If you are planting annuals in zone 6, follow these guidelines:
- Plant annuals outdoors between late-March and mid-April.
- Cold-hardy annuals can be planted in your garden in March.
- Delicate annuals should be planted outside in April.
- Do not plant annuals when nighttime frost is still common.
- Protect annuals from nighttime temperatures below 45℉ (7℃).
- To jumpstart your garden, start sprouting annual seeds indoors in late-February.
By remaining patient and waiting for warm weather, you will prevent cold damage from killing your newly-planted annuals. However, starting plants from seed during late winter will make your garden flourish faster.
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What Month is Best to Plant Annuals in Zone 6?
March and April are the best months to plant annuals in Zone 6. The earliest you should begin planting outdoors is the third week of March. If you plant earlier than this, there is a high risk that a cold snap will kill your young annuals. If there is still the threat of frost in your region in late-March, wait until the first or second week of April to begin planting your annuals.
- In zone 6, begin planting annuals in March through April.
- Do not plant annuals earlier than the third week of March unless they are exceptionally cold-hardy.
- Annuals that are somewhat cold hardy can be planted in late-March.
- Delicate annuals should be planted in mid-April.
- Use the last average spring frost in your area to choose the perfect planting time.
Within zone 6, your local climate can differ. Instead of relying only on your zone to determine the correct planting time, use this online tool to find the last spring frost for your zip code. Begin planting hardy annuals 2–3 weeks before the last spring frost. For delicate annuals, wait until after the last spring frost date in your region.
How Cold is Too Cold for Annuals?
If temperatures regularly drop low enough at night for frost to form, it is too cold to plant annuals. Wait until temperatures warm up enough that average nighttime temperatures are consistently above 40℉ (4℃). Then, begin planting your annual fruits, vegetables, and flowers.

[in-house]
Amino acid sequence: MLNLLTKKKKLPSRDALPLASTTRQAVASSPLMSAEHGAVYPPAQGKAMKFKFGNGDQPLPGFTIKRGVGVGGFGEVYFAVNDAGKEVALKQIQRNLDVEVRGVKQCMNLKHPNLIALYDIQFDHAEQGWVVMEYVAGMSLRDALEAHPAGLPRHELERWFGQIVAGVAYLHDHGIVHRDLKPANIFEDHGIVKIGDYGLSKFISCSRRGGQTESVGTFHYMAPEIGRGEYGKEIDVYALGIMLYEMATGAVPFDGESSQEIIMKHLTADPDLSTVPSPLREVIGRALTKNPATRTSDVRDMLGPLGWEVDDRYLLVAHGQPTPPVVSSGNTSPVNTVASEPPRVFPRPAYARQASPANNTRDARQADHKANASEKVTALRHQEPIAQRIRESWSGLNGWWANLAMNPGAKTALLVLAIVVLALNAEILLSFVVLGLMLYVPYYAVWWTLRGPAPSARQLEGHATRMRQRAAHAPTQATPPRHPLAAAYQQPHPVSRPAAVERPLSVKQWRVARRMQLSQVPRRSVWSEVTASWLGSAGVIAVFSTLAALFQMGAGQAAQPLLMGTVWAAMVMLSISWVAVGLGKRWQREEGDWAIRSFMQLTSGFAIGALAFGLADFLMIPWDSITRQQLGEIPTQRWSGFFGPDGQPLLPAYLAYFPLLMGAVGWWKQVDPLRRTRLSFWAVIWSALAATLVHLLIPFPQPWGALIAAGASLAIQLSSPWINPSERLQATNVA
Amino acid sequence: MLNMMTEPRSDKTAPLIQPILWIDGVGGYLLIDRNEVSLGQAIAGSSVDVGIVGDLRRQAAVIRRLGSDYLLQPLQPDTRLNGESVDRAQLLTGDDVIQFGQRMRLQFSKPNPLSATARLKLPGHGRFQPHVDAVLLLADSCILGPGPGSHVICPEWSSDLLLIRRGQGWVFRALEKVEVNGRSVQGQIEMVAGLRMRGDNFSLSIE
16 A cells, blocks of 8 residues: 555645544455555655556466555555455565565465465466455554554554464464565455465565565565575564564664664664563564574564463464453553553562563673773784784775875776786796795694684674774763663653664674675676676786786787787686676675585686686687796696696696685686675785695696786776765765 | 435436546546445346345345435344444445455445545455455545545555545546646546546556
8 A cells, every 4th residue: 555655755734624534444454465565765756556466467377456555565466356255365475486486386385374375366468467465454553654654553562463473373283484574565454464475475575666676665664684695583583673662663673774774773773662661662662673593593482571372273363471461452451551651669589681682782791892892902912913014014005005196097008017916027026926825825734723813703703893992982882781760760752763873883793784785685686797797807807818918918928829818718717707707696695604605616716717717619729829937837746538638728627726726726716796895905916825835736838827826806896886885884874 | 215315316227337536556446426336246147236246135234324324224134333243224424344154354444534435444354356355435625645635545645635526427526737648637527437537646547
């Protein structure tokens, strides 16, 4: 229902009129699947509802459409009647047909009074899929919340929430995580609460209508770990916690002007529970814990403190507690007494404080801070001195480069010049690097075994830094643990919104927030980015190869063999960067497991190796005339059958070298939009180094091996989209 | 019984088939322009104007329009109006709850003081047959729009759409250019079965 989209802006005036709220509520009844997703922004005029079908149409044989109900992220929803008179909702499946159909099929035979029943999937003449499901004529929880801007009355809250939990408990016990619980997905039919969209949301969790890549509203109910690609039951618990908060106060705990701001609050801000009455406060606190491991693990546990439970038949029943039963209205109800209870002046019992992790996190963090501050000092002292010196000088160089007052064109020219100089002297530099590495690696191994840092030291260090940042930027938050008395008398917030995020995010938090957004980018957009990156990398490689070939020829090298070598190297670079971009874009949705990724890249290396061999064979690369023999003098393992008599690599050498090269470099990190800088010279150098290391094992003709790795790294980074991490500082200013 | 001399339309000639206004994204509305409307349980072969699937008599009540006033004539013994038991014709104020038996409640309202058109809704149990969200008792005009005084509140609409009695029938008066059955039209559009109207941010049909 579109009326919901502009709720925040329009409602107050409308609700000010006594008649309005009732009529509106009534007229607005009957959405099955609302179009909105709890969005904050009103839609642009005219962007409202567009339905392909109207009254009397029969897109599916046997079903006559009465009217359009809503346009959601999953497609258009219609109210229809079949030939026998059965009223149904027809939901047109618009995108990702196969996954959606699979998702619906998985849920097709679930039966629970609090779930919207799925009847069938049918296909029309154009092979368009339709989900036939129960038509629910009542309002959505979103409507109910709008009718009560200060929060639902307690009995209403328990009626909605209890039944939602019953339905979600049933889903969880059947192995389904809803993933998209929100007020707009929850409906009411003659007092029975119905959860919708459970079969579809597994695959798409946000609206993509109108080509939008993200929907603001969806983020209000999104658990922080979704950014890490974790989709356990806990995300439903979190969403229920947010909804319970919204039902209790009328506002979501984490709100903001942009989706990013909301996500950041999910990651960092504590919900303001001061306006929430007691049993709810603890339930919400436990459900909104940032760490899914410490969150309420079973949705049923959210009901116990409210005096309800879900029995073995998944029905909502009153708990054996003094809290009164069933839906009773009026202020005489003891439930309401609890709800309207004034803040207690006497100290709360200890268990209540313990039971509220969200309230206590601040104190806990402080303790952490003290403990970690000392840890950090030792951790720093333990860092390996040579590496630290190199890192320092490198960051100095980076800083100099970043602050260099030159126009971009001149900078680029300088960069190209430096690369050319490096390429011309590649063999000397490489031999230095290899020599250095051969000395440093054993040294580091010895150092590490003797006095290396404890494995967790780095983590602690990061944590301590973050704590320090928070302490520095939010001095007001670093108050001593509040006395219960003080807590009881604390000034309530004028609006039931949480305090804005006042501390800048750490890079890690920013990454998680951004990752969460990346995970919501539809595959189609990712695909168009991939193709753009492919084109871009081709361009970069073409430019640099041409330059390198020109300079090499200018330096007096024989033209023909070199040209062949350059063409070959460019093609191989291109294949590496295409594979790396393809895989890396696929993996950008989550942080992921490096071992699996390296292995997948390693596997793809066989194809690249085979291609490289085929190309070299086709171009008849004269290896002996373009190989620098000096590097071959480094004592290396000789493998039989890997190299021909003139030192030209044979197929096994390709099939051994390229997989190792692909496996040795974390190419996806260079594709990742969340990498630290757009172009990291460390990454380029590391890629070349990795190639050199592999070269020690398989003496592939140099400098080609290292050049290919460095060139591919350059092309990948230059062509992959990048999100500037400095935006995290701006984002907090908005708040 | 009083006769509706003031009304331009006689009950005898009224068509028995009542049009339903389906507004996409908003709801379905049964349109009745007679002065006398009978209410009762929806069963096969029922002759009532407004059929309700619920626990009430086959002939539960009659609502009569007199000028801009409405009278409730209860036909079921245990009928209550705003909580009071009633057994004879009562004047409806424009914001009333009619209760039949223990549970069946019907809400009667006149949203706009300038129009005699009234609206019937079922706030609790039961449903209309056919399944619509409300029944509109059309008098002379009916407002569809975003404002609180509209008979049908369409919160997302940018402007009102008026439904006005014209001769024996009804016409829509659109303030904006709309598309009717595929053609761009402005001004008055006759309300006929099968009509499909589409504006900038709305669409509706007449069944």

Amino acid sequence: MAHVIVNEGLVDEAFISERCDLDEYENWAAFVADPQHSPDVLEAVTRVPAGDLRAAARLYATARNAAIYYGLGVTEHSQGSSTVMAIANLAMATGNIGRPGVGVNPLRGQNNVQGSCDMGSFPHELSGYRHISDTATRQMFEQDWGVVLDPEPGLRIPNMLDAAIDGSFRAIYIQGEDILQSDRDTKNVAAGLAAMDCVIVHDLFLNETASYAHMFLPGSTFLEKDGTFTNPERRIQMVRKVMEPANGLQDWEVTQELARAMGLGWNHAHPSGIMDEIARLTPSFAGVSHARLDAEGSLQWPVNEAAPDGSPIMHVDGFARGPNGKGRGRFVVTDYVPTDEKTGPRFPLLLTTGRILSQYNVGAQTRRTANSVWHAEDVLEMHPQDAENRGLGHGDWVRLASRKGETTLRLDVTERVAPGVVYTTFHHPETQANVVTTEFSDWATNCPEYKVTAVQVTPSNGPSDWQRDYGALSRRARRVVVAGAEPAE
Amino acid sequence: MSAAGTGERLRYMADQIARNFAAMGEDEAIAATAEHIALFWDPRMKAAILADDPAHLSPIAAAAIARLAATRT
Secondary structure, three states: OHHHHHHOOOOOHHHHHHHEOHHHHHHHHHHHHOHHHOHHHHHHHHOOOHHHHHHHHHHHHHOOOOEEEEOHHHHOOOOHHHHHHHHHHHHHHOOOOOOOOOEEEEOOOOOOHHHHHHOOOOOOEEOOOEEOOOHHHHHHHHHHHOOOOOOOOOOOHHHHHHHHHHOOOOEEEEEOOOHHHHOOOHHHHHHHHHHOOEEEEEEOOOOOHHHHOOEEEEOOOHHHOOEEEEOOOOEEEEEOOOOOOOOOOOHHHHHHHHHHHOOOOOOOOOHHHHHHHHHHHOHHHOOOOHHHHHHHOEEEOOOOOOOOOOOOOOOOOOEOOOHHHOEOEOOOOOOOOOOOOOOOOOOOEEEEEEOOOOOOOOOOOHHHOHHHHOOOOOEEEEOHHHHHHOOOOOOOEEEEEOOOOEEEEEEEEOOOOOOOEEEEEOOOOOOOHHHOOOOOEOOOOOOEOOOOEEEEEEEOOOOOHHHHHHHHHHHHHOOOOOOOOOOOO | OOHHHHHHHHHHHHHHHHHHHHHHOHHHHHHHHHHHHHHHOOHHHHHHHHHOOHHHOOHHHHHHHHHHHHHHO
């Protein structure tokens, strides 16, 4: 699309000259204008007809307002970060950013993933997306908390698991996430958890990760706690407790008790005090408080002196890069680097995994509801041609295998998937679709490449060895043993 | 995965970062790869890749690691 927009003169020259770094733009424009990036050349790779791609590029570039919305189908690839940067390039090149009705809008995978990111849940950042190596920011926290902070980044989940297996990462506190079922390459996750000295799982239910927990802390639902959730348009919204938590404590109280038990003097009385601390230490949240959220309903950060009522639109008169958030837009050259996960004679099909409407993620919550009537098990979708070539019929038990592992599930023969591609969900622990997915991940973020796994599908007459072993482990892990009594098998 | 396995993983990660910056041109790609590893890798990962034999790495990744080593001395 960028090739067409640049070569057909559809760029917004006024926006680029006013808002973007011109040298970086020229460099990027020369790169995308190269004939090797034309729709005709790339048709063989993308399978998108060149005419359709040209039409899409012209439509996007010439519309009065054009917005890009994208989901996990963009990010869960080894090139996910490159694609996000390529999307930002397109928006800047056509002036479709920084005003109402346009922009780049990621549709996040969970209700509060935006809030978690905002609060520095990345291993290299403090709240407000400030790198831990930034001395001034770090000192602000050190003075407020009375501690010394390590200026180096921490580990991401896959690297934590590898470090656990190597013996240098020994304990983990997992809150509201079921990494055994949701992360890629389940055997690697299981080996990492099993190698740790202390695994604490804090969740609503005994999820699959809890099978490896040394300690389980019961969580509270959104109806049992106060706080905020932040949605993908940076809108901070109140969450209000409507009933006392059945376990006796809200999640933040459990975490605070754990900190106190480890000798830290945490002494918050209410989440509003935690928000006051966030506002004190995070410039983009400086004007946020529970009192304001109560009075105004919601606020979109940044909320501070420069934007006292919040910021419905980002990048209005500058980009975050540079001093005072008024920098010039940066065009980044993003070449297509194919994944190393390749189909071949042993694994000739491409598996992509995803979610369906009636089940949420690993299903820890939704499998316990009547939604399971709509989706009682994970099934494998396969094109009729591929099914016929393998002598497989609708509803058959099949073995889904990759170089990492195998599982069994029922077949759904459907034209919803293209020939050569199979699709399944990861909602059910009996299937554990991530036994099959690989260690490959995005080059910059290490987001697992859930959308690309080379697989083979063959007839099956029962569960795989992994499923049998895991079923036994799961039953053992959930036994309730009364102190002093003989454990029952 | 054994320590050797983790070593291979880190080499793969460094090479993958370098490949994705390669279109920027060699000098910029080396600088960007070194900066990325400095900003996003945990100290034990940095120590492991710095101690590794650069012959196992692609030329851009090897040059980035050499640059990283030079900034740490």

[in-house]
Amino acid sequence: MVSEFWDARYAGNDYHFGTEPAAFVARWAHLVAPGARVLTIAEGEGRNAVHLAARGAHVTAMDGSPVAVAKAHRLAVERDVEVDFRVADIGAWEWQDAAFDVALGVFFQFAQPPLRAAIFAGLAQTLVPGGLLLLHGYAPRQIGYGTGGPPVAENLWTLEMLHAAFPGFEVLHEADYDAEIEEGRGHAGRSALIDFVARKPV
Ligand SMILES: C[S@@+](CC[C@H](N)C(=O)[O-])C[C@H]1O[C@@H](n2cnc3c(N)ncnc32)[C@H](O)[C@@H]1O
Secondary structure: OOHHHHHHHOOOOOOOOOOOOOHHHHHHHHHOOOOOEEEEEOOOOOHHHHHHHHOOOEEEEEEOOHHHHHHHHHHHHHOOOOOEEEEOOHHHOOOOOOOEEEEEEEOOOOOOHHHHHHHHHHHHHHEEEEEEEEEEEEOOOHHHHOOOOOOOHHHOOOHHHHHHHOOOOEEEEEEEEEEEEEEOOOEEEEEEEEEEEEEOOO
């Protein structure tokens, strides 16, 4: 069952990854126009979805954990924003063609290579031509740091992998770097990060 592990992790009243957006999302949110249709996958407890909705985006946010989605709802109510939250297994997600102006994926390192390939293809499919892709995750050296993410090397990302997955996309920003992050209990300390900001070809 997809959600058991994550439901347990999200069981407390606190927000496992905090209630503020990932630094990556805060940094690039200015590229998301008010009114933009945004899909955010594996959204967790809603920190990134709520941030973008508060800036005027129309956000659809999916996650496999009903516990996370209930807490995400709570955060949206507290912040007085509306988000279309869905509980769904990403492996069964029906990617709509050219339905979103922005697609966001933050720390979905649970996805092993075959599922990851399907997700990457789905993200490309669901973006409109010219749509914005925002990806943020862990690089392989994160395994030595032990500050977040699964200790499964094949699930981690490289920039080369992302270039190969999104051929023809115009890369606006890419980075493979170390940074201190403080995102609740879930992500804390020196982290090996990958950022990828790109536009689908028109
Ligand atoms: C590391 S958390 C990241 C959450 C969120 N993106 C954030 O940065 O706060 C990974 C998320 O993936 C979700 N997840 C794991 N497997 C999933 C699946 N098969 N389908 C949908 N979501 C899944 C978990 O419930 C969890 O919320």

- Nighttime temperatures below freezing are too cold for most annuals.
- Wait until the danger of frost is very low before planting annuals.
- Anytime nighttime lows sink below 45℉ (7℃), protect your annuals from the cold.
Nighttime temperatures below 45℉ (7℃) are dangerous for annuals. However, it may not be possible to completely avoid these temperatures with spring plantings in zone 6. So, it’s best to make a plan to protect your new annuals during cold snaps. New plants can be covered with frost blankets during cold nights. Adding a thick layer of mulch to your planting beds will also help to insulate the roots and prevent cold damage.
Should You Start Annuals Indoors in Zone 6?
The best way to prepare for spring planting in Zone 6 is by starting your annuals indoors in February. Use pots and trays filled with potting soil to start seeds for annual flowers, herbs, fruits, and vegetables. When I lived in zone 4, I would start my squash, melons, and pumpkins from seed starting in late February. This same trick can be applied in more temperate regions, such as zone 6.
- If you have the space indoors, begin growing annuals from seed in late winter.
- Fill these seed trays with potting soil, then plant your seeds in the soil.
- Provide light, water, and warm temperatures to your indoor seedlings until the weather warms up.
- Plant your annual seedlings outdoors 3–6 weeks after planting.
Most plants will be ready to transplant into your garden 3 to 6 weeks after you start them. So, it’s a good idea to start your annuals while there is still the danger of frost. Place your seedlings in a south-facing window and augment natural sunlight with a grow light. When you follow this method you can wait to plant your annuals outside once the weather warms up. This will put your garden up to one month ahead of everyone else.
When Can You Plant Annuals in Zone 6?
If you live in USDA plant hardiness zone 6, you can begin to plant cold-tolerant annuals outdoors in the final week of March. Less cold-hardy plants should not be planted outdoors until mid-April. Earlier plantings can be destroyed by frost and cold. The best way to prevent the cold from killing your annuals is to sprout the seeds in indoor containers. Sprout seeds starting in February. Then, plant your annuals outdoors once the danger of frost is past.